Mixed martial artists challenge N.Y. ban on pro bouts
The Ultimate Fighting Championship and its professional mixed martial artists are hoping to take down New York state’s ban on their sport with a free-speech challenge.
A group of championship-level mixed martial artists and Zuffa LLC, which does business as Ultimate Fighting Championship, filed a federal lawsuit in New York this week challenging the state’s ban on professional mixed martial arts events. A central claim in the lawsuit is that the ban violates the First Amendment.
In 1997, New York passed a law prohibiting mixed martial arts matches and events. Sponsors of the legislation insisted that the sport is too violent. New York law provides: “No combative sport shall be conducted, held or given within the state of New York, and no licenses may be approved by the commission for such matches or exhibition.” Under the law, mixed martial arts is a “combative sport” unlike boxing, wrestling or karate — which are legal. Mixed martial arts supporters contend that the sport contains elements of the other, legal fighting disciplines.
Another provision of the law provides: “A person who knowingly advances or profits from a combative sport activity shall be guilty of a class A misdemeanor.”
When New York banned professional mixed martial arts bouts, the sport was just getting its start in the United States and was billed as “no holds barred.” In 1996, U.S. Sen. John McCain famously referred to the sport as “human cockfighting.” The UFC argues that it has since adopted rules and regulations to make the sport safer. Since that time, nearly every state has legalized mixed martial arts. But New York has maintained its ban on professional events.
Jon Jones — the UFC’s dominant light heavyweight champion — is the first listed plaintiff in the 124-page lawsuit that also includes lightweight champion Frankie Edgar, Matt Hamill, Brian Stann, Zuffa LLC and several spectators.
The plaintiffs are challenging the constitutionality of the ban under the First Amendment, the due-process clause, the equal-protection clause and the commerce clause.
“New York’s extraordinarily broad Live Professional MMA Ban even prohibits speech or activity that in anyway ‘advances’ or leads one to ‘profit from’ professional MMA,” according to the complaint in Jones v. Schneiderman.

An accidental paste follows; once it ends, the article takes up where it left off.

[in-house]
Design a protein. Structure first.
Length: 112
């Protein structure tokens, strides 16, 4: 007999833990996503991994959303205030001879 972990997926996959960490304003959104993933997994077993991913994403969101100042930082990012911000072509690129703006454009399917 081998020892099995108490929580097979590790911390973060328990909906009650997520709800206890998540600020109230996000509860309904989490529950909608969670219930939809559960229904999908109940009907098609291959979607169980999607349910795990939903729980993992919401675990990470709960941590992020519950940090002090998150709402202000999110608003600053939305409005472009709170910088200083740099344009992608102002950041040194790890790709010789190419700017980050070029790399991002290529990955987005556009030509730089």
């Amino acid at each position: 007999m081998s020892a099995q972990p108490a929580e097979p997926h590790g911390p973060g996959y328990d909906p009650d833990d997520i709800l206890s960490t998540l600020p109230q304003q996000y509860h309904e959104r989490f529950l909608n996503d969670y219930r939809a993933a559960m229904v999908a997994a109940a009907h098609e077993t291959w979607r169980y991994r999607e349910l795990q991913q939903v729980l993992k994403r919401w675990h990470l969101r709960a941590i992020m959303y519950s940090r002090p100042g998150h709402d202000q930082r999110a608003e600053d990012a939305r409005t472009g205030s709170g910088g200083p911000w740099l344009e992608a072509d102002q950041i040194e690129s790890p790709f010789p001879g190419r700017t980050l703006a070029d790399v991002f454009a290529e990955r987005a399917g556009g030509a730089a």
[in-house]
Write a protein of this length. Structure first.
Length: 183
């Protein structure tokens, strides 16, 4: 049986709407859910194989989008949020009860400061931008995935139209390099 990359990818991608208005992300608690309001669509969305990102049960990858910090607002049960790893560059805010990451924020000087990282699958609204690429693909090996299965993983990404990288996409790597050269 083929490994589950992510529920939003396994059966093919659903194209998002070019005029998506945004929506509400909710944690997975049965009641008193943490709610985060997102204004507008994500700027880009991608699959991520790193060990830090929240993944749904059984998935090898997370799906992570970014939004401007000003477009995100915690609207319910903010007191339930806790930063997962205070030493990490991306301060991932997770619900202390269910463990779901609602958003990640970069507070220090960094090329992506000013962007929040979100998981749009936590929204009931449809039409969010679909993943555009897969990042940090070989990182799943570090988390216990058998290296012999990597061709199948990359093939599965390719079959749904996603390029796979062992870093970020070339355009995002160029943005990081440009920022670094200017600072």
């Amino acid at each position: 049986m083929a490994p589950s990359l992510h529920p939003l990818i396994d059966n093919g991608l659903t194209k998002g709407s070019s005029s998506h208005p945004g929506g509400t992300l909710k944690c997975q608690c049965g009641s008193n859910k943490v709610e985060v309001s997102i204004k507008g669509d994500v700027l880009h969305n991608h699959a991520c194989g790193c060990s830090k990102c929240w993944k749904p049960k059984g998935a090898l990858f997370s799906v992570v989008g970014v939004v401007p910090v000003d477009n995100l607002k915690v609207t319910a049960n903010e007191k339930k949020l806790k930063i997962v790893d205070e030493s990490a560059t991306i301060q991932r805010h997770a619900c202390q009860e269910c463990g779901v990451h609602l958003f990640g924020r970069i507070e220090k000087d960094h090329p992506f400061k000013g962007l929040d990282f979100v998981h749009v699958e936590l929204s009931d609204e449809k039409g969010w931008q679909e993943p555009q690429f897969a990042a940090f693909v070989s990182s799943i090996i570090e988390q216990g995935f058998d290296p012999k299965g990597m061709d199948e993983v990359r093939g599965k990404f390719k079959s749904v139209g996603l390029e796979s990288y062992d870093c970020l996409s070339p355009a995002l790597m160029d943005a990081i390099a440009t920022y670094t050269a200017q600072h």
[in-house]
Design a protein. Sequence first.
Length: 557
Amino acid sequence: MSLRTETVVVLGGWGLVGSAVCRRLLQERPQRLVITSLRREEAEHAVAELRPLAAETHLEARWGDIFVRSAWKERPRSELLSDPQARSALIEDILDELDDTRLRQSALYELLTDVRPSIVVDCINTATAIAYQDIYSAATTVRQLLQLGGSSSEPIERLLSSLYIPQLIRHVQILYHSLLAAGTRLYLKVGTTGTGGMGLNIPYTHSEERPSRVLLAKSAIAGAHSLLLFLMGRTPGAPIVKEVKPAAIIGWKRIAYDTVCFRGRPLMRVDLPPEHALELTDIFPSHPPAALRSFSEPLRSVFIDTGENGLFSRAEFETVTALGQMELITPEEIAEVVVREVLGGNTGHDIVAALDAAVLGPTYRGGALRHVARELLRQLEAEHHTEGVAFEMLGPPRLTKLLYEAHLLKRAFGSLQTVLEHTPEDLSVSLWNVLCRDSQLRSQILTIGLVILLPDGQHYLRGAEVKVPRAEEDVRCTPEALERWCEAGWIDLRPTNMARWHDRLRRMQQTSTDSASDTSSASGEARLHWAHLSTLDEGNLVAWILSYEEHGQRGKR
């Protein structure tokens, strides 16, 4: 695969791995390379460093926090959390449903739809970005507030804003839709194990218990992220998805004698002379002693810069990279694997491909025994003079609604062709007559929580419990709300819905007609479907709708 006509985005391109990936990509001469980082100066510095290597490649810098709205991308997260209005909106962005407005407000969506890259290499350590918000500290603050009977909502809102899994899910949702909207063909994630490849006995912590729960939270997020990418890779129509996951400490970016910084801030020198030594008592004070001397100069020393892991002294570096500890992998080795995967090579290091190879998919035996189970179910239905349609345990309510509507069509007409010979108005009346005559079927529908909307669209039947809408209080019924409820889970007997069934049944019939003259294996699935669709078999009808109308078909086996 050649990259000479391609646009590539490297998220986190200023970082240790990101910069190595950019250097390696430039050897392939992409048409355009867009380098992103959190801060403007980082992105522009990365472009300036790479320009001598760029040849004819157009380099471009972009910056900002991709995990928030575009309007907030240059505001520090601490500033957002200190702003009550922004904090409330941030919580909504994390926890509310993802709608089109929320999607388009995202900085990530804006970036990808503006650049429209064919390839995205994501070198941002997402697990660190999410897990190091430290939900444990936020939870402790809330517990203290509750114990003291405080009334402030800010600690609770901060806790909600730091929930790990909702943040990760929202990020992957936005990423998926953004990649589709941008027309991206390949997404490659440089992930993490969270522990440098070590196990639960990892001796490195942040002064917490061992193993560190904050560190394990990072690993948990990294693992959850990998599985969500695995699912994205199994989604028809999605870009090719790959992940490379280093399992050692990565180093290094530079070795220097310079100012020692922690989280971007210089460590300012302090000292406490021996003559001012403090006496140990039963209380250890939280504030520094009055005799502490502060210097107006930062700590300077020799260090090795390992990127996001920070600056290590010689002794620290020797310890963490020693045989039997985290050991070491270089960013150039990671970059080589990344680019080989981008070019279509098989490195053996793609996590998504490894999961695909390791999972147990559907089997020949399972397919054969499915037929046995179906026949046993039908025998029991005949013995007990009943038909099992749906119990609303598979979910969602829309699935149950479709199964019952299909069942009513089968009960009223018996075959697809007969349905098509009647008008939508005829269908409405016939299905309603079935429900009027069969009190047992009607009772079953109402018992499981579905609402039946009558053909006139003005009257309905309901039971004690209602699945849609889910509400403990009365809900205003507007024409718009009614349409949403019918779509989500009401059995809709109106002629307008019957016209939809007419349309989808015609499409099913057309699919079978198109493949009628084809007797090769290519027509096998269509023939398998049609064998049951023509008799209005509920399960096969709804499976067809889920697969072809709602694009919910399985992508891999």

“It is unfathomable that in a world drenched in violence — from first-person shooter video games, to violent movies, to violent lyrics in pop music, to graphic network news — the New York legislature singled out live professional MMA as the one thing it believes sends an impermissible message,” the lawsuit states.
The plaintiffs argue that New York legislators banned MMA because of its violent message — something they contend is unconstitutional, pointing to the Supreme Court’s recent decision in Brown v. Entertainment Merchants Association. In that case, the high court invalidated a California law restricting the sale or rental of violent video games to minors.
The plaintiffs also contend that a professional MMA match is live entertainment with an expressive element — akin to a play performed at a theater. A key question will be whether a court will view an unscripted sporting event as sufficiently expressive to merit First Amendment protection. Plaintiffs argue: “Live professional MMA is clearly intended and understood as public entertainment and, as such, is expressive activity protected by the First Amendment.”
“Despite sincere legislative efforts, the ban remains in place based on a flawed assessment of the sport’s supposedly ’violent message,” said Barry Friedman, a constitutional law professor at New York University Law School and a co-counsel in the case, in a news release. “This rationale is a patent violation of the First Amendment. In live events, fighters showcase their talents, communicate their convictions, show respect for their opponents and the art and tradition of MMA, and convey the importance of discipline, training and hard work. … Not only does the law prohibit live events, but as it is written it purports to ban other speech including media broadcasts and coverage of professional MMA.”
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